But Jesus was different. Large crowds did not fool Him. He knew that many were following Him for selfish or superficial reasons. It was the exciting thing to do. Maybe you or someone you knew would be healed. But Jesus was not a false recruiter. He wanted to weed out those who followed Him for superficial reasons, because when the battle heated up, He knew that they would fall away and cause damage for His cause. So He turned to the great multitude and laid out these demands of discipleship.

At the outset I need to point out that there are many in evangelical circles who draw a sharp distinction between salvation and discipleship. Salvation, they say, is God’s free gift, but discipleship is costly. They would also say that while every believer ought to pursue discipleship, it is not linked to saving faith. In other words, there are some who are truly saved, but who never commit themselves to being disciples. They say that it is possible to receive Jesus as Savior, but not to follow Him as Lord.

I cannot find any basis for such teaching in the New Testament, and I can find many Scriptures to refute such teaching. To believe in Jesus Christ as Savior necessarily entails following Him as Lord. Salvation is not just a decision that a man makes, but it is the mighty power of God in raising a dead soul to eternal life. God, who began that good work in you, will perfect it unto the day of Christ Jesus (Phil. 1:6). The new life God imparts inevitably results in a new way of life in accord with its nature, namely growth in holiness. The seed of the Word will bear fruit unto eternal life.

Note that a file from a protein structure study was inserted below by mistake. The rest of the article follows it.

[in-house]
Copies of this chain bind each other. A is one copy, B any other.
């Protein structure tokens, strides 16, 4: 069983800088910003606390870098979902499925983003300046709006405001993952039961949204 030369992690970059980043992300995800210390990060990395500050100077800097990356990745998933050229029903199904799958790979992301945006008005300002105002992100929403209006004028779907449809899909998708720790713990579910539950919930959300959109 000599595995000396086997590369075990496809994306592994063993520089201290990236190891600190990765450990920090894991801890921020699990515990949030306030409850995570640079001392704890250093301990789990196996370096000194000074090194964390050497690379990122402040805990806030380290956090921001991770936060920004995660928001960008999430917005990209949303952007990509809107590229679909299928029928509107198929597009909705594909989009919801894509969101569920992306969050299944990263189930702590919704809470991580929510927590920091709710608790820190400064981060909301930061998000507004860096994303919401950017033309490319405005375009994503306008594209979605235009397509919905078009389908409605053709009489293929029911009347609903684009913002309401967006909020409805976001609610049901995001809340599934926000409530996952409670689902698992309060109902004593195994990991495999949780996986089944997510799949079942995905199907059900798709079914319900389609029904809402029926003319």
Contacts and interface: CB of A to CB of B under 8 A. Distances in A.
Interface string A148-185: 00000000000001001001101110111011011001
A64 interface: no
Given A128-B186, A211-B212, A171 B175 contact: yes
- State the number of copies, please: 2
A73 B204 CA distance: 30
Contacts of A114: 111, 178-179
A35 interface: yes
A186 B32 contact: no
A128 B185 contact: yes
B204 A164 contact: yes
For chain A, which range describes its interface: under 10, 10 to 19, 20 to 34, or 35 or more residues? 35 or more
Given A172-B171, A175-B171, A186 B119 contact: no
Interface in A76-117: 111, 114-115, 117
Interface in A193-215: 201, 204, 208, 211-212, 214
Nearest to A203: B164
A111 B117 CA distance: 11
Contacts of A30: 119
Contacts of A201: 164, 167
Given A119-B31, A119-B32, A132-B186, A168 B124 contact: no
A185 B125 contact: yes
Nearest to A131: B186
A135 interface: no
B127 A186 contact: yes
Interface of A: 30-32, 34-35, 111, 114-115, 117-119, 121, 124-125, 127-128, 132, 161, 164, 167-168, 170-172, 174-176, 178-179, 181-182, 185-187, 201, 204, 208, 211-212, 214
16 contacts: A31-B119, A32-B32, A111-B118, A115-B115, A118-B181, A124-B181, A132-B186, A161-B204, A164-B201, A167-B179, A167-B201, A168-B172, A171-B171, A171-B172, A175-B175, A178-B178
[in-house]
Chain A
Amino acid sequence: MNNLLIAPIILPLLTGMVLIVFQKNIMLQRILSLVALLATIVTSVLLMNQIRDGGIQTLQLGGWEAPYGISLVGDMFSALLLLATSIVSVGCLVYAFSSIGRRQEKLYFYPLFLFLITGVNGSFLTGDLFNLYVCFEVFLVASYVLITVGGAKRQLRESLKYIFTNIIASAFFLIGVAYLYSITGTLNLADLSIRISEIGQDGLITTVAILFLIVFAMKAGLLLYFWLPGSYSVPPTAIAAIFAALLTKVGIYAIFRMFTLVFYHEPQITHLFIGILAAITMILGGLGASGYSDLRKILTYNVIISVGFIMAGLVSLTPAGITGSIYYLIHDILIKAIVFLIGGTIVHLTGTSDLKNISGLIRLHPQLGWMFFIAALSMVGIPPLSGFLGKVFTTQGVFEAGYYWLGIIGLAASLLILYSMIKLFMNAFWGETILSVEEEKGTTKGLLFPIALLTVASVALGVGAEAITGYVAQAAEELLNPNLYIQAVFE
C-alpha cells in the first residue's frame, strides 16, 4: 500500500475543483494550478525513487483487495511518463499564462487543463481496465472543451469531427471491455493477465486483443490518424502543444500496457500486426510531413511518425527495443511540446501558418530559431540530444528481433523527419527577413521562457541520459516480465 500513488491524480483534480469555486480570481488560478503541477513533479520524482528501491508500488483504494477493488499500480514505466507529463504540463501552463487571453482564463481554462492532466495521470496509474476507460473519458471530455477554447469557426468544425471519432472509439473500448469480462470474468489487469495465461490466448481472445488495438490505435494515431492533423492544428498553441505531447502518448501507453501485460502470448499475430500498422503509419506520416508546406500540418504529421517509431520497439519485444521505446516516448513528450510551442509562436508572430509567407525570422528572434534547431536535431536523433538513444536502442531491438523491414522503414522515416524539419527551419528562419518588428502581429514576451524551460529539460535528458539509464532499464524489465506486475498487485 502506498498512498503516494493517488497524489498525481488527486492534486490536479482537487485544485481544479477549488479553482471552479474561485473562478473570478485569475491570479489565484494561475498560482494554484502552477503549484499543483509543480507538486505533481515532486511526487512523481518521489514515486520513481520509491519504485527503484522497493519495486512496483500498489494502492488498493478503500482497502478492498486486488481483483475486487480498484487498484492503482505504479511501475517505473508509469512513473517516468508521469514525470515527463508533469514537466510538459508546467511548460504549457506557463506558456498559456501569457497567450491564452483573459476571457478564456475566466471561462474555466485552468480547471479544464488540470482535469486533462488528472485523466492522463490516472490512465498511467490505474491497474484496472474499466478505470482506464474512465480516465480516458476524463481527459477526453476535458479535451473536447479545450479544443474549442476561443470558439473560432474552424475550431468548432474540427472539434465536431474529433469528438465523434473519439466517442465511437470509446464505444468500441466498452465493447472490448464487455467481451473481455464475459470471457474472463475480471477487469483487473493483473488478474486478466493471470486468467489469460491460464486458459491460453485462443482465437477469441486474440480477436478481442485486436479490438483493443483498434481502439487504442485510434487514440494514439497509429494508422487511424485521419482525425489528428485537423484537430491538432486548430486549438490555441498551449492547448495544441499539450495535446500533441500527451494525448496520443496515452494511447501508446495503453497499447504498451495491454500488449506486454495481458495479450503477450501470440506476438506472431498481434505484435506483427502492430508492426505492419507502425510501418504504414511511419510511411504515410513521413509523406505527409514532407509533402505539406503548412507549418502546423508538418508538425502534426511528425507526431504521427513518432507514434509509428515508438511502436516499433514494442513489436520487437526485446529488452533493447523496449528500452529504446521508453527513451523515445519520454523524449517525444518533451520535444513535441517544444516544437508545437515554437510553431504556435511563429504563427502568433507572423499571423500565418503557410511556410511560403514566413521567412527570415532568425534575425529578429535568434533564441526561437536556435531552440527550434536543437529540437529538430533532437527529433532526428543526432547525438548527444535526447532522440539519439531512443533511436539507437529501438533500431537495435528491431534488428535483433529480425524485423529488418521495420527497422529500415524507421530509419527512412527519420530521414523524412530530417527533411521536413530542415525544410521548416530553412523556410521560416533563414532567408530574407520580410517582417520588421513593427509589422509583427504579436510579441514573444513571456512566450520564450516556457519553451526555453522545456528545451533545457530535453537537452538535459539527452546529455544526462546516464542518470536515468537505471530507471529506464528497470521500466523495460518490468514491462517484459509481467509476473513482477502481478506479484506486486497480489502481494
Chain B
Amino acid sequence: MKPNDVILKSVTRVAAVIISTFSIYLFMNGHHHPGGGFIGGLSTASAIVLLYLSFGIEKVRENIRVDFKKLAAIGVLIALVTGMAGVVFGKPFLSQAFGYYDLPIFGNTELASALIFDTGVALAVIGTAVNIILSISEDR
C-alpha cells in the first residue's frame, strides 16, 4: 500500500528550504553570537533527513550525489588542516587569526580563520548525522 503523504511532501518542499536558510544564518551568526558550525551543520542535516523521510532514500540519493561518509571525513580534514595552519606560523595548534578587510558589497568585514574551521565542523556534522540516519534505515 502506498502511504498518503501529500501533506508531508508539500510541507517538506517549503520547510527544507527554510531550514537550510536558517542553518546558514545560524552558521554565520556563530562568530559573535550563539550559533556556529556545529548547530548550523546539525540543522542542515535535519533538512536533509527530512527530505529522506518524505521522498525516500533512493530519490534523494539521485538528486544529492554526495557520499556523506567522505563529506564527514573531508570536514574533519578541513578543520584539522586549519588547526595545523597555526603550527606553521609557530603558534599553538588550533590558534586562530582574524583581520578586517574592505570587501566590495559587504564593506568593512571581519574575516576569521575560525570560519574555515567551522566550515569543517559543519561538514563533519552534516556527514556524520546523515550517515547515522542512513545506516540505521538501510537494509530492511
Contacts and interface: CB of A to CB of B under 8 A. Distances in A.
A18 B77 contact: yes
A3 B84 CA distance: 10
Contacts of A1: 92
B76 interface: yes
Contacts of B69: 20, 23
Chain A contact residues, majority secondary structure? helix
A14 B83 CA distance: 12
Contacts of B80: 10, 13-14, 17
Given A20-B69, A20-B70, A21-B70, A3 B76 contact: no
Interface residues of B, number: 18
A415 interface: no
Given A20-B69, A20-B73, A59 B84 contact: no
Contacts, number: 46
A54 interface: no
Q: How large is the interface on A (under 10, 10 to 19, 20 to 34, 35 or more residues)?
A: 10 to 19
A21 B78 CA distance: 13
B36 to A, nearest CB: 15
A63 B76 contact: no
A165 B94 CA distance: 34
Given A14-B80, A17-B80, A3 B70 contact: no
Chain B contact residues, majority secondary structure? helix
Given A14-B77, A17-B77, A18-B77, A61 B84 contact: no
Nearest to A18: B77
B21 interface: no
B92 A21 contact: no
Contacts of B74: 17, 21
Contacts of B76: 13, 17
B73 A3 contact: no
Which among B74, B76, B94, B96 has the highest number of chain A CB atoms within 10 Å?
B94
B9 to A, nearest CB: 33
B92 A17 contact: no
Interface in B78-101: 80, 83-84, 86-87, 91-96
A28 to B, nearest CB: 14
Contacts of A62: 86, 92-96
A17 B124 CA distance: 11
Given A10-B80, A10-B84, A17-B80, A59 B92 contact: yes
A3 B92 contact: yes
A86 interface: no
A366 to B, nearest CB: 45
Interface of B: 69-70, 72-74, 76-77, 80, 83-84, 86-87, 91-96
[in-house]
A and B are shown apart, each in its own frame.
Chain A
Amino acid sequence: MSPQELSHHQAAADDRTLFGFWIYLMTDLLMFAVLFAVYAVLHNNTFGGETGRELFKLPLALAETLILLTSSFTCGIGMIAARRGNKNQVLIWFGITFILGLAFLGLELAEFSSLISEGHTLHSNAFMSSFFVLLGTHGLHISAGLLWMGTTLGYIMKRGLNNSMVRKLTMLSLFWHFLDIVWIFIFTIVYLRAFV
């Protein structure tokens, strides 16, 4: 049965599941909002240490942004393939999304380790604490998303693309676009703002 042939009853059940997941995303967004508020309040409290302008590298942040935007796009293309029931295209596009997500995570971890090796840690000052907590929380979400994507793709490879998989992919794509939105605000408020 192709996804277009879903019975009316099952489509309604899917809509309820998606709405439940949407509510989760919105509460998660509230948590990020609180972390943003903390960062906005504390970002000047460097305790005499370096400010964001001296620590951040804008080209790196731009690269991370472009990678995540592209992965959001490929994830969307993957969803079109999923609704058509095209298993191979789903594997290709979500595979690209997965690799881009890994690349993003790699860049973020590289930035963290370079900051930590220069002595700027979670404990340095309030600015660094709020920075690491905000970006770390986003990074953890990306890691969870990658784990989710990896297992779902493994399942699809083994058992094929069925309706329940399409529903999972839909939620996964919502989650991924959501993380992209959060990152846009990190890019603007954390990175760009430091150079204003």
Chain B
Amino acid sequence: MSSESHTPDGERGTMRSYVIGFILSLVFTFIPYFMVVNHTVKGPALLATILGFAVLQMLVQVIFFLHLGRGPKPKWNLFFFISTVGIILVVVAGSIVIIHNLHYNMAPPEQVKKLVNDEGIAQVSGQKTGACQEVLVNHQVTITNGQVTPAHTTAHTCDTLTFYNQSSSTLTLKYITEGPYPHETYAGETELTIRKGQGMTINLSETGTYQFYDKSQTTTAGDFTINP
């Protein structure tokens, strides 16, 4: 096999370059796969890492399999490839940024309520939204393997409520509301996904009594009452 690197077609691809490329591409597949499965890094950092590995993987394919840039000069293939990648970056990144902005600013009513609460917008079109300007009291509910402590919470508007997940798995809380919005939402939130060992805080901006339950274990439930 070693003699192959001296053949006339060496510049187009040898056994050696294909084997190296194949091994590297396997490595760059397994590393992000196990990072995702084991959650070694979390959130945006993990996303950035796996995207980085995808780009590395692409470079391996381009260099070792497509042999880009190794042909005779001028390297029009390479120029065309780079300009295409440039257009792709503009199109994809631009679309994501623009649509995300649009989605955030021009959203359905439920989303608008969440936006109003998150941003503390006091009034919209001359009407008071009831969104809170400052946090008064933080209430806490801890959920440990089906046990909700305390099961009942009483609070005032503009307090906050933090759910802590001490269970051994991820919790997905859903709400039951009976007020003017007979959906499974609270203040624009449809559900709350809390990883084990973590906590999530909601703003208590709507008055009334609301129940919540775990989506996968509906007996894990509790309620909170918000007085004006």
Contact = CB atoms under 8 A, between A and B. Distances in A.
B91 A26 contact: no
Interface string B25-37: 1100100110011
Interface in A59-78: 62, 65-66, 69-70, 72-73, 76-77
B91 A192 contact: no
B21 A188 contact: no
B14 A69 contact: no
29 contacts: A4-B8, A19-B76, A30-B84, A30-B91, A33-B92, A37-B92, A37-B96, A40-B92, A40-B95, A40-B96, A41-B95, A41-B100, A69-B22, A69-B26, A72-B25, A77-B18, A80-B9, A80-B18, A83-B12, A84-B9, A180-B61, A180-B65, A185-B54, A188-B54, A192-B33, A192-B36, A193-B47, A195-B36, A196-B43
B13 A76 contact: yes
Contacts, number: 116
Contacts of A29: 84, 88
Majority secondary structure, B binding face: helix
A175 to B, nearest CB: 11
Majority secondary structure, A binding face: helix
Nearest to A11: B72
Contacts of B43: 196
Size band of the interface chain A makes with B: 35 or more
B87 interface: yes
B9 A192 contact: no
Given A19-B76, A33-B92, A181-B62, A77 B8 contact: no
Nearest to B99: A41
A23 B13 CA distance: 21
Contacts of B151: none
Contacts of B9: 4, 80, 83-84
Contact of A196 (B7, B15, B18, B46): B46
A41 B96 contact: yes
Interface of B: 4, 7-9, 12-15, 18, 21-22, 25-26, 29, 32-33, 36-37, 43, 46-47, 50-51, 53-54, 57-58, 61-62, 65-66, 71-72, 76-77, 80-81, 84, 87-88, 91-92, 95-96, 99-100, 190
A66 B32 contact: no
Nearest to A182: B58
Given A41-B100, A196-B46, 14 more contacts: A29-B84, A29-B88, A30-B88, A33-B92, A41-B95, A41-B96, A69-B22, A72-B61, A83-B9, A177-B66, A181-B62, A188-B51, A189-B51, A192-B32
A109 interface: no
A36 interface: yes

While believers must grow as disciples and while we never perfectly arrive in this life (Phil. 3:12), if a person claims to be a believer, but he isn’t seeking to grow in obedience to Christ, he is fooling himself. He is saying, “Lord, Lord,” but on that fearful day, he will hear the awful words, “I never knew you; depart from Me, you who practice lawlessness” (Matt. 7:23). In Paul’s words, “They profess to know God, but by their deeds they deny Him, being detestable and disobedient, and worthless for any good deed” (Titus 1:16).

Thus it is possible to follow Christ superficially and it is to such followers that Jesus lays out the cost of discipleship. He knows that the battle will be intense and He doesn’t want to recruit anyone under false pretenses. Thus,

2. To follow Christ truly, we must consider the cost.

Jesus first lays out two of the costs of discipleship (14:26-27); then, He gives two parables (14:28-32) that make the same overall point, namely, that a person must give careful consideration to the cost before he rashly jumps into it. Then He states a third cost of discipleship (14:33). He then (14:34-35) gives an illustration about salt to illustrate the cost of not truly following Him. He concludes by warning, “He who has ears to hear, let him hear.”

Before we look at the costs that Jesus spells out, think with me for a moment about the phrases, “sit down and calculate the cost,” referring to the man building the tower (14:28); and, “sit down and take counsel,” referring to the king considering going to war (14:31). Both refer to careful, detailed, rational thinking in which you consider all aspects of what you’re getting into before you make the commitment. Such careful thinking is opposed to an impulsive decision made in a moment of intense emotion, without much thought about the consequences.